These are 2 scenarios that both contribute to the opioid problem in America, he explains, but there’s a huge difference between the two. On one hand, you have a physician who truly cares about their patients’ wellbeing. In the second case, you have outright criminal behavior that needs to be stopped and punished with jail time.

Instead of using available resources and personnel on locating and shutting down the pills mills, Dr. Akande says, the government is coming down on all prescribing physicians.

Some honest physicians are being thrown in jail, Dr. Ezekiel Akande says, which does nothing to solve the opioid problem in America. “This grossly unfair treatment of doctors who are simply trying to help their patients is apparently supposed to serve as a warning sign to other doctors who do the same, Dr. Akande adds. It’s supposed to encourage us to find alternative methods of treating pain for our patients so the addiction scenario never occurs, he explains. “But if there were an alternative method of treating the pain successfully,“ he continues, “we’d already be using it.”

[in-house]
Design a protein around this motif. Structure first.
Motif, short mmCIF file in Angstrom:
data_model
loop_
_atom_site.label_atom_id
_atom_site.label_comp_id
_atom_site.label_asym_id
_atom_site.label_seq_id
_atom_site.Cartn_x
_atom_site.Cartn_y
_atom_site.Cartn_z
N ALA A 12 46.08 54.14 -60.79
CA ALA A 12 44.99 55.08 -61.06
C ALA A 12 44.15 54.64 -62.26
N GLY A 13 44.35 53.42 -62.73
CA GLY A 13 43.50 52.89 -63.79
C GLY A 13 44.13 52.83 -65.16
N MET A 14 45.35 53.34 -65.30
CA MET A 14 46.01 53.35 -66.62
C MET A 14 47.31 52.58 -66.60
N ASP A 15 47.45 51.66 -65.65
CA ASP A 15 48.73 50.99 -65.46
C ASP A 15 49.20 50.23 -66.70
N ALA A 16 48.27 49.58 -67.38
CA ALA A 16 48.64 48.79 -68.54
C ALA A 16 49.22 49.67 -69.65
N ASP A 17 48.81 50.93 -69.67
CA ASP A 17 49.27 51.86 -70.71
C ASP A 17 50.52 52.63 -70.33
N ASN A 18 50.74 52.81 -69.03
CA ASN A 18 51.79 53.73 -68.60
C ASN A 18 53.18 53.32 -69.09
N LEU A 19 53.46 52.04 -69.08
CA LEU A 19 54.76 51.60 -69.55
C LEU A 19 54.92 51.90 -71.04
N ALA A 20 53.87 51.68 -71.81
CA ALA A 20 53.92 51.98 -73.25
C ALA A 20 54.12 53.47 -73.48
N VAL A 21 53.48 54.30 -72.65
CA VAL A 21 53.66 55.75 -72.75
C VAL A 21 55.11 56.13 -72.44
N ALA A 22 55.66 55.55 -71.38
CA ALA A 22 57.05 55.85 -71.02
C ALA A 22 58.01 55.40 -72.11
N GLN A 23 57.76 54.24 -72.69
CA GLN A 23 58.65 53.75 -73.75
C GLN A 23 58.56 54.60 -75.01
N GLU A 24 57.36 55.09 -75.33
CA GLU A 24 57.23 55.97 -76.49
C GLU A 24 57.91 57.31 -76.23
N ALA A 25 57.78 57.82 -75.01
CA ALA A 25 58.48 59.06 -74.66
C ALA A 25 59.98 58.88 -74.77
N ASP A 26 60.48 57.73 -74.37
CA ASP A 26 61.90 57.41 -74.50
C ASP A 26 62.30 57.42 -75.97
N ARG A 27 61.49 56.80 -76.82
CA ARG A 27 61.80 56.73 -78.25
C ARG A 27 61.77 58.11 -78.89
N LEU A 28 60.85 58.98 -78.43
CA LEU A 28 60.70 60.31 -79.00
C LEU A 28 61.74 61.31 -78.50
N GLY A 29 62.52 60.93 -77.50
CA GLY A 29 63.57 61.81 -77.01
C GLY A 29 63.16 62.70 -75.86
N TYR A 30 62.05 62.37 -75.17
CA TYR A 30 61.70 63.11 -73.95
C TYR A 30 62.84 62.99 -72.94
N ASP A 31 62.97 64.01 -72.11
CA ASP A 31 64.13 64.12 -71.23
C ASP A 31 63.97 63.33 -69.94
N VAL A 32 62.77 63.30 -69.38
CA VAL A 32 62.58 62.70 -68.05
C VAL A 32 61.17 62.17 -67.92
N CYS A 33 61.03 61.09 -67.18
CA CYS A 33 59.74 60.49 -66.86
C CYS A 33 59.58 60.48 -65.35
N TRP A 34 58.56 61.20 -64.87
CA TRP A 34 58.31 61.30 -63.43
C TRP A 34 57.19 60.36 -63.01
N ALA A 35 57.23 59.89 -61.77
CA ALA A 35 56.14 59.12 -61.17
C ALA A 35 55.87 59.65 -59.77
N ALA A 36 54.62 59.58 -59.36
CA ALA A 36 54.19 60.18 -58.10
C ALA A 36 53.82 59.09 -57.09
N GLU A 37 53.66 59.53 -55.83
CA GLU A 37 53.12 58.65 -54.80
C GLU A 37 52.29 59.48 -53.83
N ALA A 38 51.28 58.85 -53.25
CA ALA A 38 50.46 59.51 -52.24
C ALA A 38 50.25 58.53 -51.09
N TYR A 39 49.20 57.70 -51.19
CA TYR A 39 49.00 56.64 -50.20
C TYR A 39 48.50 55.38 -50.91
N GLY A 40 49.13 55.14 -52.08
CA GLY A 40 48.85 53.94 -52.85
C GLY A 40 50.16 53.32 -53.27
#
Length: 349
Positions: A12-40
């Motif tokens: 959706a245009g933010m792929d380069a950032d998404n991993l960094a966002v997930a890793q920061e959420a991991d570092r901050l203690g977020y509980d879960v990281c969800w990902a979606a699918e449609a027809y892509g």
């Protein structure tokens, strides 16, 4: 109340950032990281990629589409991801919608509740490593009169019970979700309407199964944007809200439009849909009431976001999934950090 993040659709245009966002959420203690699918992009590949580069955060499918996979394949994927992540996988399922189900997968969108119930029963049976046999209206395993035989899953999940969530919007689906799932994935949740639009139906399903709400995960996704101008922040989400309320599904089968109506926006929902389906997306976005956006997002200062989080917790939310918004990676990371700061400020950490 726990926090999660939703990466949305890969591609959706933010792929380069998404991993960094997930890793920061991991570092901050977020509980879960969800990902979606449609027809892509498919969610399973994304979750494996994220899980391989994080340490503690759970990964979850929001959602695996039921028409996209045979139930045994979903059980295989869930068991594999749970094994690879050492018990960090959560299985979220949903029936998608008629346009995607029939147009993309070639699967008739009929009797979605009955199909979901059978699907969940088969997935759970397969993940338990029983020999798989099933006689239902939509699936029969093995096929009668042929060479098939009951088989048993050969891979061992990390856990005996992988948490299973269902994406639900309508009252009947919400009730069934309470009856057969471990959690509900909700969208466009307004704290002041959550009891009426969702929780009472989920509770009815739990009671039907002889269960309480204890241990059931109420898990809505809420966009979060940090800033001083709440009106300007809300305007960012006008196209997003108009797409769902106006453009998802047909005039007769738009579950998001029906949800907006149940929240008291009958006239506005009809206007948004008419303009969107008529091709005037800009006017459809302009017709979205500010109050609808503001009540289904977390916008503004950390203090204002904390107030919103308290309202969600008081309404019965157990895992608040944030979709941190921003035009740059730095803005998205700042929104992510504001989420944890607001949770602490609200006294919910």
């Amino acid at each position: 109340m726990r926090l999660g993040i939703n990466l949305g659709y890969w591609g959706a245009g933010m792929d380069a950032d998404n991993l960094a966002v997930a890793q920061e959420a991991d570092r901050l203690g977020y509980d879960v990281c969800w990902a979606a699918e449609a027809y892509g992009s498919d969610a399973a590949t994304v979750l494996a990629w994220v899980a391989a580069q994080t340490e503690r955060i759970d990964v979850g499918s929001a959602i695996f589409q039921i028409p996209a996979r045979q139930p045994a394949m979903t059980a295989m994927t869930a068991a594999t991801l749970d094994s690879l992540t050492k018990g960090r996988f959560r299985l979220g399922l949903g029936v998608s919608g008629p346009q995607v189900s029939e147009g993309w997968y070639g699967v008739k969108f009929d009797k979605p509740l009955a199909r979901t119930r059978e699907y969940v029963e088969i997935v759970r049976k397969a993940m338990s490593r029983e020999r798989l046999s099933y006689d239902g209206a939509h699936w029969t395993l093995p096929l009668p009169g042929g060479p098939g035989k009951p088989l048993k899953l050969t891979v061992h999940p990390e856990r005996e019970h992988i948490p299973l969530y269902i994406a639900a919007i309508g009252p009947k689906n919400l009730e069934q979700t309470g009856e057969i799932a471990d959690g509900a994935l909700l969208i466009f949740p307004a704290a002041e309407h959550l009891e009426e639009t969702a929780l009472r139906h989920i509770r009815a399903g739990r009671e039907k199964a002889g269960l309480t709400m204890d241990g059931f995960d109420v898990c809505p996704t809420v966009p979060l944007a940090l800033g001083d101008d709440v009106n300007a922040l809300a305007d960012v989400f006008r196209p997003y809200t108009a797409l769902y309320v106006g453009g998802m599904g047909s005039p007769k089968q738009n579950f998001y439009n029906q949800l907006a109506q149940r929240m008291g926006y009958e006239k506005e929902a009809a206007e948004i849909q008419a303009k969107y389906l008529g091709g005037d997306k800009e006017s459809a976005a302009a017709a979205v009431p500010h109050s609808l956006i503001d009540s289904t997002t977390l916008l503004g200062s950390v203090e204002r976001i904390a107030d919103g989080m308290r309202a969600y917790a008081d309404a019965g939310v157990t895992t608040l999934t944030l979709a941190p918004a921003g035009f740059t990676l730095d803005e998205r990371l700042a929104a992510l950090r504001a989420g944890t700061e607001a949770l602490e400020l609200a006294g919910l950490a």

The result is frustrated patients who end up not having their pain resolved, and continued abuse from the pill mills who continue to operate illegally and continue to fuel the problem.

“It’s like saying gun ammunition shops are to blame for murders because they sell bullets to their customers,” Dr. Ezekeiel Akande, says. It just doesn’t make sense when you really think about it.

I know the answer to the opioid epidemic is complicated, Dr. Akande continues. He says the problem is not something that can be remedied in a week or even a month. “There are multiple pieces of a very complex puzzle involved in looking at this crisis – much more than I can explain in a few minutes, he says, “and these factors play upon each other and affect the long-term outcome in different ways,” he adds.

But punishing doctors who are stuck in the middle trying to help their patients isn’t the way to solve the problem, Dr. Ezekiel Akande says. That actually results in patients being left high and dry without any pain relief at all, resulting in the “pill mill” scenario mentioned earlier.

“It’s a long road and a hard battle,” says Dr. Akande, “but I’m determined to fight it for the patients who deserve it.”